At this point I have been in physical therapy for about 5 weeks. The therapist says I have good movement in the great toe joint. She has me doing strengthening exercises and flexibility exercises. How do you strengthen a big toe? Put a therapy band around it, have the therapist hold the ends and you pull the toe towards yourself fighting the resistance. Granted it’s not very much resistance but it’s harder than it sounds. It’s also a little painful. (See “Pain” below.) To get flexibility she massages the foot, and manually manipulates the joint. I do exercises like pick up marbles with my toes and drop them in a cup, lie on my back and bridge up, one-legged balancing type things, clams, and a few other standards. I’m also being treated for what I think is tendonitis in my hip (unrelated to foot!) so we’re doubling down on the core strength work.
I had my three-month (12 week) evaluation with the Doctor and he told me I don’t have to come back unless there is a need.
I still have a slight limp because I don’t yet have all the flexibility back in my toe and that manifests itself in the way I walk. The joint gets sore if I walk a lot, or if I wear certain shoes for too long. I still feel it anytime I am walking or standing. I’m also still most comfortable in my wide toe box comfy shoes. The doctor will tell you that you will be back to your normal activities in 6-8 weeks. Well, if your “normal” includes cycling everyday or playing tennis… that is not quite the truth. I am not supposed to run for a couple more months, which means no tennis either. (See “Sports and Activity”.) This is a little bit of a disconnect from what I thought would be the case. If you are very active, keep this in mind if you get the surgery. I have had both feet done this year and I’m going slightly batty from not having full use of my feet for almost the whole year.
Sports and Activity
I have been in the pool which, aside from being extra cautious when I push off the wall, feels good. I have been on an elliptical machine which felt ok for about 30 minutes but the toe got a bit sore after that. I am going to ease into Yoga next week, modifying some of the poses so that I don’t over-tax the joint.
I had expected not only pain relief from the surgery, but I also had the expectation that I would have perfectly straight toes. As you can see from the photos, that is not exactly the case. They look better when pressed against something, like the floor or a seat cushion that I used as a backdrop in many of my pictures. To the left is a photo where the foot is elevated and you can see how the big toe still is crooked. Also, you can see that I’ve developed a bit of a hammer toe in the second toe. It’s a little hard to reconcile myself to the fact that after all this effort I still don’t have nice feet. So I’m feeling a bit sorry for myself. Would I do it all over again? I suppose so, because I did have severe pain and my bunions were so bad. However, I guess I would have really liked to see more photographs (websites like this!) to see what the range of possible outcomes were. I knew there could be a recurrence, but I didn’t expect to have to worry about it immediately after surgery. I’ll keep updating and post how things go in the weeks/months ahead!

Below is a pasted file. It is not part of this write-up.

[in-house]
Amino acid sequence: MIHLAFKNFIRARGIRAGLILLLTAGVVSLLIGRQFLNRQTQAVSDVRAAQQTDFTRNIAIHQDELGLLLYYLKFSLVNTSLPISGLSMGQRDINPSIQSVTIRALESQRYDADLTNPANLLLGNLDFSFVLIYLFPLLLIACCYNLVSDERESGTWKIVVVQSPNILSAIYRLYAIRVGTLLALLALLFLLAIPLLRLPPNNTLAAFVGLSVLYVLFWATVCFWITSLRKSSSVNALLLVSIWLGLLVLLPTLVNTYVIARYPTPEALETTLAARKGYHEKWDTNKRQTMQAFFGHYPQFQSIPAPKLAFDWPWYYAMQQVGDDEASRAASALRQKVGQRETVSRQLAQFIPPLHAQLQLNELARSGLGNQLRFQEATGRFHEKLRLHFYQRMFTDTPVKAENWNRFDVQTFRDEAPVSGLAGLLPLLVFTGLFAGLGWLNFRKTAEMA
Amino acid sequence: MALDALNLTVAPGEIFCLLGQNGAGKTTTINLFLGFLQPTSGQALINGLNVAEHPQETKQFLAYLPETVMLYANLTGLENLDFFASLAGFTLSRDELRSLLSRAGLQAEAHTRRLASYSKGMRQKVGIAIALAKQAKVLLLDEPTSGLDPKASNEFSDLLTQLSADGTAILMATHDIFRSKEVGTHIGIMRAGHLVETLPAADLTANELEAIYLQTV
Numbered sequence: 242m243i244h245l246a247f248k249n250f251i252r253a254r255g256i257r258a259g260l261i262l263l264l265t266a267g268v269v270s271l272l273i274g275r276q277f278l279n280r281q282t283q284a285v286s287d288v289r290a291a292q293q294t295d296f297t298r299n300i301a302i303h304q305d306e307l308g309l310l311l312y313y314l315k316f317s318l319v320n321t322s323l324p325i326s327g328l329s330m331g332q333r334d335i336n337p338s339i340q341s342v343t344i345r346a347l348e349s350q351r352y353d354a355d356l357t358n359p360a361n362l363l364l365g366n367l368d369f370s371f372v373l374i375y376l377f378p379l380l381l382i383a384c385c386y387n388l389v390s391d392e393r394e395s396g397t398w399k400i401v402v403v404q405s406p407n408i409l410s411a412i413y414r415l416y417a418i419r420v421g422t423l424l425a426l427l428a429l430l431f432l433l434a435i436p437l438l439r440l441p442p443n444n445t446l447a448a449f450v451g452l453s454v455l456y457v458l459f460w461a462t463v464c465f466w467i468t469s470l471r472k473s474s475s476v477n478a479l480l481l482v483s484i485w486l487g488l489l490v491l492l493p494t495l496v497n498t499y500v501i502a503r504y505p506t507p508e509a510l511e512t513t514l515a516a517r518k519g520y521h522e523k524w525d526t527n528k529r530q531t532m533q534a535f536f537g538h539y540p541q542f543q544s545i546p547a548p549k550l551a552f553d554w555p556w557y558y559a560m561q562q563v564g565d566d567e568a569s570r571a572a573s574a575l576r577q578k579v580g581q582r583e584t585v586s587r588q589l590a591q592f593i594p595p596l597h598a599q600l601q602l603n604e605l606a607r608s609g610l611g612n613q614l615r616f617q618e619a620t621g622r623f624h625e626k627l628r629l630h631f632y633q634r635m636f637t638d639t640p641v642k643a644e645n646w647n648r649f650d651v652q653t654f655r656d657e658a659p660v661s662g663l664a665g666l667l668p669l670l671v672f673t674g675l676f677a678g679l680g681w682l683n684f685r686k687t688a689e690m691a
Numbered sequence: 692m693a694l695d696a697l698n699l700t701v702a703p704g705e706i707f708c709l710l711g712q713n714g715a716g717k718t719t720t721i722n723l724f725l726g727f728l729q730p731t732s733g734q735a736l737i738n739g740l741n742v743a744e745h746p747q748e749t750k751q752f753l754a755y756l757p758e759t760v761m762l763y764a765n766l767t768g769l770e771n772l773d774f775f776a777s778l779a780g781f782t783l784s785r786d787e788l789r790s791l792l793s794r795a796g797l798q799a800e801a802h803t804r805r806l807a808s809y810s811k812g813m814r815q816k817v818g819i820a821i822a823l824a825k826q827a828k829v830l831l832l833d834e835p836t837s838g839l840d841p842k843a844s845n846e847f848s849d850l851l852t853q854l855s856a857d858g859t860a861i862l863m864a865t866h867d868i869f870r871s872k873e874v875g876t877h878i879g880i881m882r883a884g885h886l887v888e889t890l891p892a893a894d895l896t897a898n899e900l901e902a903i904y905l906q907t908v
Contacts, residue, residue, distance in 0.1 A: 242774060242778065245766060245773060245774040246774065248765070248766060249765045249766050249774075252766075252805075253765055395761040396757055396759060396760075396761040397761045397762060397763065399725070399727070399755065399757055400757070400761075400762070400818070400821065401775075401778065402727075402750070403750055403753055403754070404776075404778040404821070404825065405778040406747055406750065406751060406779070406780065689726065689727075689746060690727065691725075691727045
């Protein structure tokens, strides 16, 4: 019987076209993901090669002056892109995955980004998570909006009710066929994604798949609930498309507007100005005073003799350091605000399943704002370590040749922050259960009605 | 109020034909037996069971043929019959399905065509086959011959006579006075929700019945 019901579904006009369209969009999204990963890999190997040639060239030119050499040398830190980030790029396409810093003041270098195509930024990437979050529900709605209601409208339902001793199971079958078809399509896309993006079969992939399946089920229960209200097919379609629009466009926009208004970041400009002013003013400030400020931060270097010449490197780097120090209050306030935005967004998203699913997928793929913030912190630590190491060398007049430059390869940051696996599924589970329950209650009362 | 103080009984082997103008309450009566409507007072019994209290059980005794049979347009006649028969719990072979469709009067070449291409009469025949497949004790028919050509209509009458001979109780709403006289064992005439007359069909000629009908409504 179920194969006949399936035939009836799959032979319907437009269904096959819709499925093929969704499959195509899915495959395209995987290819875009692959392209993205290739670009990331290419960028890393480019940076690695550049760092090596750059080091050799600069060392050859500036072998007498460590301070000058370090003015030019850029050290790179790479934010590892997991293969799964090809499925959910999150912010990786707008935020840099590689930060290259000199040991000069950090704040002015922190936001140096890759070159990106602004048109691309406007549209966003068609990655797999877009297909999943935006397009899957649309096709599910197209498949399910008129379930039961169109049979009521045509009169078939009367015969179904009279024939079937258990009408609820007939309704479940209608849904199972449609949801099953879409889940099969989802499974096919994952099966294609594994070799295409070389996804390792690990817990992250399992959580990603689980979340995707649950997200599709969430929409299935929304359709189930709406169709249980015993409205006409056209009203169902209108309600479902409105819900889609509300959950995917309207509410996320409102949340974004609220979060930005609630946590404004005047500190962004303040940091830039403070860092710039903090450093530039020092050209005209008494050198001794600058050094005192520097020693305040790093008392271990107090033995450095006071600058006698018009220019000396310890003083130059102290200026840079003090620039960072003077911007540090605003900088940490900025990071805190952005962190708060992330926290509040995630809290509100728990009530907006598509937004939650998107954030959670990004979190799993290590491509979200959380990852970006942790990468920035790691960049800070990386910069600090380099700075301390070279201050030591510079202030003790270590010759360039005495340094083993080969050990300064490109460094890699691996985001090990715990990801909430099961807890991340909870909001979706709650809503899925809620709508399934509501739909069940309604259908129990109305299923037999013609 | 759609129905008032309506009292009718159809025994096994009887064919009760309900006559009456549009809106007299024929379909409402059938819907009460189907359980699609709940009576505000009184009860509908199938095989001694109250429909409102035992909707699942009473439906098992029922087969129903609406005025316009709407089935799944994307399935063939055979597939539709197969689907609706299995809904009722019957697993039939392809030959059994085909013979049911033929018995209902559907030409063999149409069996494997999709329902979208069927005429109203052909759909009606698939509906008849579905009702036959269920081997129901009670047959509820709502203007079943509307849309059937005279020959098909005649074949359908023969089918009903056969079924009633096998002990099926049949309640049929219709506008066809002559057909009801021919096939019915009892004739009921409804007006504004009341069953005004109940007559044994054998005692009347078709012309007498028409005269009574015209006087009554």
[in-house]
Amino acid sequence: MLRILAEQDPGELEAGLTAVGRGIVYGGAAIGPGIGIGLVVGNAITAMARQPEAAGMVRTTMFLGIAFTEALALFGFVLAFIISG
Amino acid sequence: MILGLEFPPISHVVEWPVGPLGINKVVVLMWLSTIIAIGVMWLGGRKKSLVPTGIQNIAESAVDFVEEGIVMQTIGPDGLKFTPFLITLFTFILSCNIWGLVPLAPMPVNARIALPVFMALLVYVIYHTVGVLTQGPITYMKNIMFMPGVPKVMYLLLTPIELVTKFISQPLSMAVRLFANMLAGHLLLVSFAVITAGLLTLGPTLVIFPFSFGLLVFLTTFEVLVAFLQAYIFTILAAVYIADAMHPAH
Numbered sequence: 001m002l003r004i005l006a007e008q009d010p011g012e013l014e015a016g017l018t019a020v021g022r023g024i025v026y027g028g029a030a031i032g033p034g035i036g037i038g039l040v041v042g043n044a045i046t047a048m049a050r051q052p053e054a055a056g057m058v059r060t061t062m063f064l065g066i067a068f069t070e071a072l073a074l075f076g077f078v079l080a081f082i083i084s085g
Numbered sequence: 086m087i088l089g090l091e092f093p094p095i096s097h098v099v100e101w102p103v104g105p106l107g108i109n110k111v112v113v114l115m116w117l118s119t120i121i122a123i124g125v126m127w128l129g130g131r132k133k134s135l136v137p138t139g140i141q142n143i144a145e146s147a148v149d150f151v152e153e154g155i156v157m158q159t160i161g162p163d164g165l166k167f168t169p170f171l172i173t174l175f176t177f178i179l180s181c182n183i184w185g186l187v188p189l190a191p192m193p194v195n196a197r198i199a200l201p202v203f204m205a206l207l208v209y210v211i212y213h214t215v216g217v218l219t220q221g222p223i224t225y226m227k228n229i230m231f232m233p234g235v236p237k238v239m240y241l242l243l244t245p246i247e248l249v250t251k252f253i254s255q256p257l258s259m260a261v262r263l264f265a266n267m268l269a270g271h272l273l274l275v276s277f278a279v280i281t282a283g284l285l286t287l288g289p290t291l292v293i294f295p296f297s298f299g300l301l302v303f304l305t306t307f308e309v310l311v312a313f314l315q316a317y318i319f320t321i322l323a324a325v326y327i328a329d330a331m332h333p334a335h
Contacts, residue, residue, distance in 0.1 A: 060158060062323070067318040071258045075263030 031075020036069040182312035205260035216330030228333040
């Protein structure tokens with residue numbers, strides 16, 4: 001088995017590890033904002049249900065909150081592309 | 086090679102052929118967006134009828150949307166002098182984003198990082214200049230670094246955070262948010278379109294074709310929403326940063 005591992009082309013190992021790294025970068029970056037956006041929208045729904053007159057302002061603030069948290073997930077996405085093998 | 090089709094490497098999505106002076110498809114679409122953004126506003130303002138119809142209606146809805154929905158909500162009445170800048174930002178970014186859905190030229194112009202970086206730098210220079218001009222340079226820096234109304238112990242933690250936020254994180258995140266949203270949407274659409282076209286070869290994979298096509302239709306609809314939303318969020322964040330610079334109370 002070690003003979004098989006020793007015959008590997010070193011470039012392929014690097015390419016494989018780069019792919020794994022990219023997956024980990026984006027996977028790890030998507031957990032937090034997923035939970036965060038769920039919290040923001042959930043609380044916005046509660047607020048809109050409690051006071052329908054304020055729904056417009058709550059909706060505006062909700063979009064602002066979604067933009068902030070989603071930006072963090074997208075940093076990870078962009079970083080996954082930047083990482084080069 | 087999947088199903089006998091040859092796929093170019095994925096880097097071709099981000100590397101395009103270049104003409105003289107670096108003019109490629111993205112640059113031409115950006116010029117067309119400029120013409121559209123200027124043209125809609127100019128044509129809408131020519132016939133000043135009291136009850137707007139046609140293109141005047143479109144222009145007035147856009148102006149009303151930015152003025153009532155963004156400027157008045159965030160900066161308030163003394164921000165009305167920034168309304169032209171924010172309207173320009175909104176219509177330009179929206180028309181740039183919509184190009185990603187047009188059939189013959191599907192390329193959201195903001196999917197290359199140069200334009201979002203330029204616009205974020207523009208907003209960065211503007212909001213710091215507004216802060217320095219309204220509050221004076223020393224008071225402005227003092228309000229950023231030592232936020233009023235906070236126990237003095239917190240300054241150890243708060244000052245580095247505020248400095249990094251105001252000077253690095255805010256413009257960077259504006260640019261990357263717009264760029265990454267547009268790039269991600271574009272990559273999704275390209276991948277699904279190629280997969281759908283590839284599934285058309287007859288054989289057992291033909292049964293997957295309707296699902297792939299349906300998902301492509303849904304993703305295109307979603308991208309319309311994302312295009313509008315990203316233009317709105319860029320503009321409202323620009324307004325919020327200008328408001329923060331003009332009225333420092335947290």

I have been going to physical therapy for my foot. Last Saturday, I had a therapist who was not my usual one. She did a funky “kinesio tape” job on the toe. This application of stretchy elastic tape is supposed to help stretch the scar tissue. (Tape pulls in different directions on either side of the scars. ) Unfortunately some of the tape rolled off after half a day, and the rest was gone by Sunday.
Today’s physical therapy was great! Another substitute, and we did exercises for my hip which has been bothering me and for which a different doctor prescribed PT. (Unrelated to the feet, I’m sure, as it began before my first surgery. That is a story for another blog!) This therapist gave me a bunch of exercises to work the core and balance on the foot. Both therapists have me picking up marbles with my toes!
Every day seems slightly less painful to walk. Clogs are still an issue as the sole is too hard.